ZEPRES o@ca.on.york_county.toronto.toronto_star 2005-07-03 published
KAUFMAN, Mary (née ZEPRES)
Peacefully on Friday July 1, 2005 at Maimonides Hospital, Montreal. Beloved wife of the late Joseph KAUFMAN. Loving mother and mother-in-law of Sandra and Michel ZUMMER, Gayle KAUFMAN and Norm GUILFOYLE, and Alan and Yvonne KAUFMAN. Devoted grandmother of Jaryd, Brittany, Leiza, Jenna, Aaron, and Zachary. Cherished sister and sister-in-law of Faye (deceased) and Sam WOLF, Bessie (deceased) and Louis SCHWARTZ, and Sam (deceased) and Loretta KAUFMAN. She will be sadly missed by family and Friends. Special thanks to her wonderful caregivers, Lilia and Zeny, and to the doctors, nurses, and staff on 5 south, Maimonides. Funeral services from Paperman and Sons, 3888 Jean Talon W., Montreal, on Sunday July 3 at 1 p.m. Burial at Beth Hamedrish Hagadol Tiffirith Israel Cemetery de la Savane. Shiva in Montreal through Monday night, re-resuming in Toronto at 150 Flamingo Road, Thornhill. Donations in her memory may be made to Maimonides Foundation, 514- 483-2121 local 207.

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ZERBACK o@ca.on.york_county.toronto.toronto_star 2005-06-13 published
McCLAIN, Florence May
At Bradford Valley Long Term Care Facility, on Friday, June 10, 2005. Florence Maw, in her 94th year, beloved wife of the late Edgar McCLAIN. Loving mother of Ruth (Bill ZERBACK,) Betty (Murray GORDON,) and Myrna (Morris CHAPUT.) Loved by her grandchildren Debbie and Brad ELLISON, Jim and Paula DERMOTT, Terry and Annette GORDON, Ross KERR, and the late Bonnie KERR, and her great-grandchildren Jim, John, and Jessica ELLISON, Calandra, and Travis DERMOTT and Ashley BOUCHER. Predeceased by her 5 brothers and 2 sisters. Resting at Rod Abrams Funeral Home, 1666 Tottenham Road, Tottenham, 905-936-3477, on Monday, June 13, 2005 from 2-4 and 7-9 p.m. Funeral Service will be held in the Chapel 11: 00 a.m. Tuesday, June 14, 2005, followed by interment in Mount Tegart Cemetery, Tottenham. Donations in Florence's memory to the Heart and Stroke Foundation of Ontario would be appreciated by the family.

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ZERBES o@ca.on.middlesex_county.london.london_free_press 2005-02-28 published
FOGLTON, William R.
Peacefully, at St. Joseph's Hospital, surrounded by his family's love, on February 25, 2005, William R. FOGLTON in his 79th year. Beloved husband of Mary (TOMYN) FOGLTON. Dearest father of Gary (Mary Lou) FOGLTON of London and Angela (Martin) MOOLYK of Edmonton, Alberta. Cherished grandfather (Dido) to Michelle, Katie and Brenda FOGLTON and Tatianna MOOLYK. Brother of John (Gloria) FOGLTON, Arizona, Olga PETTIT, Tillsonburg. Jack (Joan) FOGLTON, Delhi, Nellie FREELAND, Kitchener, Anne (Bob) FERGUSON, London, and Rose (Earl) KELLY, Simcoe. Brother-in-law of Jim ZERBES, Delhi. Predeceased by his parents Louis and Stephanie, sister Margaret KADEY and husband Earl, sister Theresa ZERBES, sister-in-law Ramona FOGLTON, brother-in-law Stan PETTIT, brother and sister-in-law Nick and Anne TOMYN. Survived by many nieces and nephews. Bill was a World War 2 veteran and a 40 year employee of John Labatt Ltd. Visitors will be received on Monday from 1: 30-4 p.m. and 7-9 p.m. at the O'Neil Funeral Home, 350 William Street. Funeral Mass in St. Patrick's Church (Dundas and Oakland) on Tuesday at 10 a.m. Interment St. Peter's Cemetery. Prayers Monday afternoon at 2 p.m. Memorial donations to the Victorian Order of Nurses, 1151 Florence Street, London, N5W 2M1 gratefully acknowledged.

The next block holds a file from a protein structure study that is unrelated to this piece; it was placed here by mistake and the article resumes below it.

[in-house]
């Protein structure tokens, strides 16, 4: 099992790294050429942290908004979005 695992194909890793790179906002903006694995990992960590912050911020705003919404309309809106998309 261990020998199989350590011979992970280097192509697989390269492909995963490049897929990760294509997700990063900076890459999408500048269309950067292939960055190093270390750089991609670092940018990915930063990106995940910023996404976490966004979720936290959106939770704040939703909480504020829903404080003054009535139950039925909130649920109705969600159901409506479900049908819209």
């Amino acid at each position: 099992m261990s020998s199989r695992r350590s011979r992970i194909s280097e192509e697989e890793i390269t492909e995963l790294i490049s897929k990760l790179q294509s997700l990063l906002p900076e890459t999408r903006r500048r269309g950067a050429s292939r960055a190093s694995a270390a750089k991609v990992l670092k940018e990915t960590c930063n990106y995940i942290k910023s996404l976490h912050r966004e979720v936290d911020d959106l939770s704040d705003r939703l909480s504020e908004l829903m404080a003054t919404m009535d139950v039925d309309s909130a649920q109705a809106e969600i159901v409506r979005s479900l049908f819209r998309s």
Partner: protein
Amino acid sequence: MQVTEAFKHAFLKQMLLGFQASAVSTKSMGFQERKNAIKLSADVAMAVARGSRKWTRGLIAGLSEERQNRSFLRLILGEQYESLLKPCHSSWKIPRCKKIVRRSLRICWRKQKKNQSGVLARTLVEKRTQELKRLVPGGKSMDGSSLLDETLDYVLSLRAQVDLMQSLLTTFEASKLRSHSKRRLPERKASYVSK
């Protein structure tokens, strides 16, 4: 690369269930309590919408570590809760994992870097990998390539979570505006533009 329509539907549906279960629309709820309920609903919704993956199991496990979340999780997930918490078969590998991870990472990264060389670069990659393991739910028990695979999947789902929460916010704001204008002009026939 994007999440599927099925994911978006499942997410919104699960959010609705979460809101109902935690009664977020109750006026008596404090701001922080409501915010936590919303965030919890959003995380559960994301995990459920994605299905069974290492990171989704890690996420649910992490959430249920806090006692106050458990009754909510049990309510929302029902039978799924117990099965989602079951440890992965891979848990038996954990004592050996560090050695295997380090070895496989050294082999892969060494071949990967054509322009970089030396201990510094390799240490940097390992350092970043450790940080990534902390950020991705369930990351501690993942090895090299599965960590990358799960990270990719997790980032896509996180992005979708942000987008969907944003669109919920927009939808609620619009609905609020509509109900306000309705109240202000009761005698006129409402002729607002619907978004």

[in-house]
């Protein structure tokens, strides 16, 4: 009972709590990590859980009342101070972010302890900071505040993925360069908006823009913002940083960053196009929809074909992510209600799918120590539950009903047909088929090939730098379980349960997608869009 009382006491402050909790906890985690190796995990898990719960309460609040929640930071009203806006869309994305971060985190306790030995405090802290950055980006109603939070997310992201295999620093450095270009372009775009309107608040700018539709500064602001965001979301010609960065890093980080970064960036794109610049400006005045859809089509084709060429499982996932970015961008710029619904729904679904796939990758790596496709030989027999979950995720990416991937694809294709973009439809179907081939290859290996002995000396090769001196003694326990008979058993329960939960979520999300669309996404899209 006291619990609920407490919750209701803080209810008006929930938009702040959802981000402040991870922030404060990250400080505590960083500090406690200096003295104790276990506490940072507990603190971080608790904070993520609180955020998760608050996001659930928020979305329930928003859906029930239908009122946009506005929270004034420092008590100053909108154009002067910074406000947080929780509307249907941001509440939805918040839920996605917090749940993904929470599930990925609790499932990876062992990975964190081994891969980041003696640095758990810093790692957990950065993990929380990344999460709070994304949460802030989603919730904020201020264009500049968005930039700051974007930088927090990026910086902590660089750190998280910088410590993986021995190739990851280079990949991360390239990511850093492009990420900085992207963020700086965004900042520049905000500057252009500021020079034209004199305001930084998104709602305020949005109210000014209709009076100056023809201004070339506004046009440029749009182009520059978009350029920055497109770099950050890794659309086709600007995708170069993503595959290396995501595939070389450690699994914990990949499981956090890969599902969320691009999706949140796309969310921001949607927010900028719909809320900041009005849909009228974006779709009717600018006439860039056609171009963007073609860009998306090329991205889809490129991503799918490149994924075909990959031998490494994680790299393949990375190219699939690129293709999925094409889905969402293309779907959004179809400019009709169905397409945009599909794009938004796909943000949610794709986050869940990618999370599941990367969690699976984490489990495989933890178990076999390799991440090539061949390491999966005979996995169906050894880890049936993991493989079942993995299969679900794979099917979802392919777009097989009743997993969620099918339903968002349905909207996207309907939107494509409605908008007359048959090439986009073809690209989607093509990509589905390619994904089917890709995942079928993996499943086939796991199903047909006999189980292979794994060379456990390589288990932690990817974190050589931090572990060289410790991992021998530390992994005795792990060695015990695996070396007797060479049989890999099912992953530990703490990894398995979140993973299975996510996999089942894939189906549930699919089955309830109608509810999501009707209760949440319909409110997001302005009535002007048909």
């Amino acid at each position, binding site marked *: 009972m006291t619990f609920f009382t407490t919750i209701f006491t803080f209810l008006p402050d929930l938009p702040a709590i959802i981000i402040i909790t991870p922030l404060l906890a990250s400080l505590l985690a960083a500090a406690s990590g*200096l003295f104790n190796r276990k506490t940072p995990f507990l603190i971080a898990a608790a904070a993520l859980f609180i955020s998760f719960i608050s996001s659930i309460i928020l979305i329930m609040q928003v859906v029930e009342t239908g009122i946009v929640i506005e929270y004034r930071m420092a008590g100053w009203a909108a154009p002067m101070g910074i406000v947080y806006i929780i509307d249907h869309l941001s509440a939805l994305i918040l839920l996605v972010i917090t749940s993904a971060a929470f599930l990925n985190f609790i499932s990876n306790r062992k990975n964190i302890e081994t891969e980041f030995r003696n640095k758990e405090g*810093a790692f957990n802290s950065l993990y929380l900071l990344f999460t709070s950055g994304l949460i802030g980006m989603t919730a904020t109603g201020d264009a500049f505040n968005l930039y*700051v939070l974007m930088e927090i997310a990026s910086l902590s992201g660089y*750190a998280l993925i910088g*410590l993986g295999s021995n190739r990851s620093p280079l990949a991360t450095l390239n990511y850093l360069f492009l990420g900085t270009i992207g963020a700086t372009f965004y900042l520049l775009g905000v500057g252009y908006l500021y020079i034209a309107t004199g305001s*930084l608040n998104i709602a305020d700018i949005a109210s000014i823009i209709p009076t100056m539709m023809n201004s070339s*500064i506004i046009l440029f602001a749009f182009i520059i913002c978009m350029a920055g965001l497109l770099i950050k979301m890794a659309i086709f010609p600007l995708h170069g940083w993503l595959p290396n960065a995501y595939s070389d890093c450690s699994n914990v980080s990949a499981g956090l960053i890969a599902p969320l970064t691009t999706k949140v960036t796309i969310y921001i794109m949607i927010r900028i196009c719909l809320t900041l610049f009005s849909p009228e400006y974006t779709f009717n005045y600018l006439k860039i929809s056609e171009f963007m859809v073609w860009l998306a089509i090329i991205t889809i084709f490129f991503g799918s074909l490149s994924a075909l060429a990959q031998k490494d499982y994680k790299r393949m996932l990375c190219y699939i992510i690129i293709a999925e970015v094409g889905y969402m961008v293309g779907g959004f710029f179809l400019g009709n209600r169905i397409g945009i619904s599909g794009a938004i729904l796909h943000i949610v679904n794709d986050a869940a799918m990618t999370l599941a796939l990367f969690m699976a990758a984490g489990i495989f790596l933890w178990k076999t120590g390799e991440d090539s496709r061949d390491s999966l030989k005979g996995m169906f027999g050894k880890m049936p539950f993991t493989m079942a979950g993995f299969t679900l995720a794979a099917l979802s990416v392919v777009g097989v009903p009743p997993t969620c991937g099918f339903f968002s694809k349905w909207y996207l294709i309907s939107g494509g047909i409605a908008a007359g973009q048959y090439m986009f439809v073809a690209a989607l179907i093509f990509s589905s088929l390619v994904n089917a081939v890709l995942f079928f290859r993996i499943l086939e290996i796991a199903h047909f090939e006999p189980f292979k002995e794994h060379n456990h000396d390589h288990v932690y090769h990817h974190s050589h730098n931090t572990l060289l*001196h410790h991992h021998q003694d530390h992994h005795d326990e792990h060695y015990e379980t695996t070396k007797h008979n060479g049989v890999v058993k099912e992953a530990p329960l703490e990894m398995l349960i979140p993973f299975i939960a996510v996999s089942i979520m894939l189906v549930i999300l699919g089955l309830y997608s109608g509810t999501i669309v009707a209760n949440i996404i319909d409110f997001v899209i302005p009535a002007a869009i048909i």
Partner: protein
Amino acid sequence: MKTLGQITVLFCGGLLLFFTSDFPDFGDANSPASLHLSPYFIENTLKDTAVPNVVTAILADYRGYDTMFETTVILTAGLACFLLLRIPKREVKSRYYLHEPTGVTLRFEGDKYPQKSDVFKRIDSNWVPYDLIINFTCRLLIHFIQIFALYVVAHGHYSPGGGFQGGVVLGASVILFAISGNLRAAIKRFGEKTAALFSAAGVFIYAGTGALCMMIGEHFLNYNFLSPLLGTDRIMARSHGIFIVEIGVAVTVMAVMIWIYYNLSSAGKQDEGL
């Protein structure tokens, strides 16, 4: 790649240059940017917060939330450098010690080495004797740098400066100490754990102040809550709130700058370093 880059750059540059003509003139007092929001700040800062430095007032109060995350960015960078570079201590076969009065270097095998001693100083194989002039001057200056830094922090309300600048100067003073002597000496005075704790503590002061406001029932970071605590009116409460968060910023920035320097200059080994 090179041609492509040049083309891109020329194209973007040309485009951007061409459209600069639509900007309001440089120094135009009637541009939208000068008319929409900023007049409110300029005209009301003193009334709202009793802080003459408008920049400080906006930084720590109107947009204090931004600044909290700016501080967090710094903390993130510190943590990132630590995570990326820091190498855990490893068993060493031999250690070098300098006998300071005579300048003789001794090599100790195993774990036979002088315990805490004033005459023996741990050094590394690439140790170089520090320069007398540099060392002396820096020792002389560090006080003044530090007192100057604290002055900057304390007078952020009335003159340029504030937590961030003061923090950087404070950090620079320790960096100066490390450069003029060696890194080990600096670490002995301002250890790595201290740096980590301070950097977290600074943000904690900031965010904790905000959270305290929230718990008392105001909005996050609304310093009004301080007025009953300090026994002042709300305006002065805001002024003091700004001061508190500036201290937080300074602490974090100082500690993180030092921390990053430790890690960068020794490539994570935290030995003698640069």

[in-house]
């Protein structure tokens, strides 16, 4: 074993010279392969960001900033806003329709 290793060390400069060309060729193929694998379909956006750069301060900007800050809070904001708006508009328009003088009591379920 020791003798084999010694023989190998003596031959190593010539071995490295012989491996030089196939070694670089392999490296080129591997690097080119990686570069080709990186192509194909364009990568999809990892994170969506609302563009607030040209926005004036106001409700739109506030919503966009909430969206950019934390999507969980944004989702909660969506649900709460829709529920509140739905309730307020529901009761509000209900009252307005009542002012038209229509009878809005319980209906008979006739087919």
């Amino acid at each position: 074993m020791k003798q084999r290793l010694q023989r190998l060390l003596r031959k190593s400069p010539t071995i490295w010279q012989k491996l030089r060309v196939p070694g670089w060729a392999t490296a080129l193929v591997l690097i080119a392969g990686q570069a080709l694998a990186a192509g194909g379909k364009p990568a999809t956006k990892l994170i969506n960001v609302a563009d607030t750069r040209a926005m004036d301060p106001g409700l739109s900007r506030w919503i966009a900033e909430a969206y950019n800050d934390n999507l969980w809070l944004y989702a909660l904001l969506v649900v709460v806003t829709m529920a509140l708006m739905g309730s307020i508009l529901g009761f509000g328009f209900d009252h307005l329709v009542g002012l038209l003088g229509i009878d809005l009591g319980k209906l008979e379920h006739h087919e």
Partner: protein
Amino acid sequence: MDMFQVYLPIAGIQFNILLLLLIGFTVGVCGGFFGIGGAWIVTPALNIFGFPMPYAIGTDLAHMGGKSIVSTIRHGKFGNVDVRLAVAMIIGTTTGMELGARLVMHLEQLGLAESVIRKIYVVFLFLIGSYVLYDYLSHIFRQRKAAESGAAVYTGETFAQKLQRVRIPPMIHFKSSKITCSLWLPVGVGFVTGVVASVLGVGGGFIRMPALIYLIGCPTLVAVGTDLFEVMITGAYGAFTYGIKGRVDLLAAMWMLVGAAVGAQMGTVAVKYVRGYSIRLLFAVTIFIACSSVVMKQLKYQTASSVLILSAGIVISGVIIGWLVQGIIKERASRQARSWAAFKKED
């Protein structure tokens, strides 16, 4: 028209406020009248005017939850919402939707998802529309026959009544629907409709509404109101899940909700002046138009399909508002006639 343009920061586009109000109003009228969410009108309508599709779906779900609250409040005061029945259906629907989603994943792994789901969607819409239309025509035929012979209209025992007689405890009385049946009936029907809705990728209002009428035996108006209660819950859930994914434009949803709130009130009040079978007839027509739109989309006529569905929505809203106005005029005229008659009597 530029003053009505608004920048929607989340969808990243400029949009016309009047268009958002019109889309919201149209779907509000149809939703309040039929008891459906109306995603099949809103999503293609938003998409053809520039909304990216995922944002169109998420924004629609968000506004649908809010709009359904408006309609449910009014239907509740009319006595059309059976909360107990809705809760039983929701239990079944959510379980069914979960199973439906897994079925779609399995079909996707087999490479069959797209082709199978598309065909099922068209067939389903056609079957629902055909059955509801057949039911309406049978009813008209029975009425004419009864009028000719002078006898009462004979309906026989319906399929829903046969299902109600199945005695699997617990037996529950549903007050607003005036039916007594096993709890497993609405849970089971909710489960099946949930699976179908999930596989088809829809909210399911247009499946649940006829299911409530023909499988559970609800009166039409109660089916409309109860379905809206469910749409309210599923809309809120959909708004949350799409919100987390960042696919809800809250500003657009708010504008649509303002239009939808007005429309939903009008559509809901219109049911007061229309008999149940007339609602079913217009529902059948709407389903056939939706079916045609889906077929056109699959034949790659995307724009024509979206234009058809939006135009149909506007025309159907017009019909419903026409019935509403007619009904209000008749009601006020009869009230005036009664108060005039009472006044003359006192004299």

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ZERBISIAS o@ca.on.york_county.toronto.toronto_star 2005-03-13 published
Cancer battle claims admired journalist
By Antonia ZERBISIAS, Media Columnist
The wonder is, Bill CAMERON did not author his own obituary.
For here was a man who is acknowledged as the greatest writer of his generation of Canadian journalists, whose words graced the page, the stage, the screen, the classroom and, of course, the airwaves.
CAMERON, 62, died at his Toronto home just after midnight yesterday, after a 20-month struggle with esophageal cancer, surrounded by his wife, Cheryl HAWKES, and his children Patrick, 22, Rachel, 21, and Nick 15.
"He was trying to hold us in his arms," said HAWKES yesterday. "But he was too weak."
Respected, admired, and loved, CAMERON was, what friend and former Canadian Broadcasting Corporation colleague Fred LANGAN called yesterday, "a triple threat," the consummate anchor, journalist and writer.
But he was more than that.
From his start as a freelance entertainment critic for Canadian Broadcasting Corporation and CTV, to penning an editorial column at the Toronto Star at the age of 25, to editing for the nascent Global news, to anchoring at Citytv in the 1970s, to covering foreign assignments and co-hosting for Canadian Broadcasting Corporation's nightly newsmagazine The Journal, to anchoring Canadian Broadcasting Corporation-television's local news, to fronting Newsworld's morning show, to writing novels and ghosting documentary scripts for others, to playing the anchor on the Comedy Network's Puppets Who Kill, there was no journalism job CAMERON could not do -- and do well.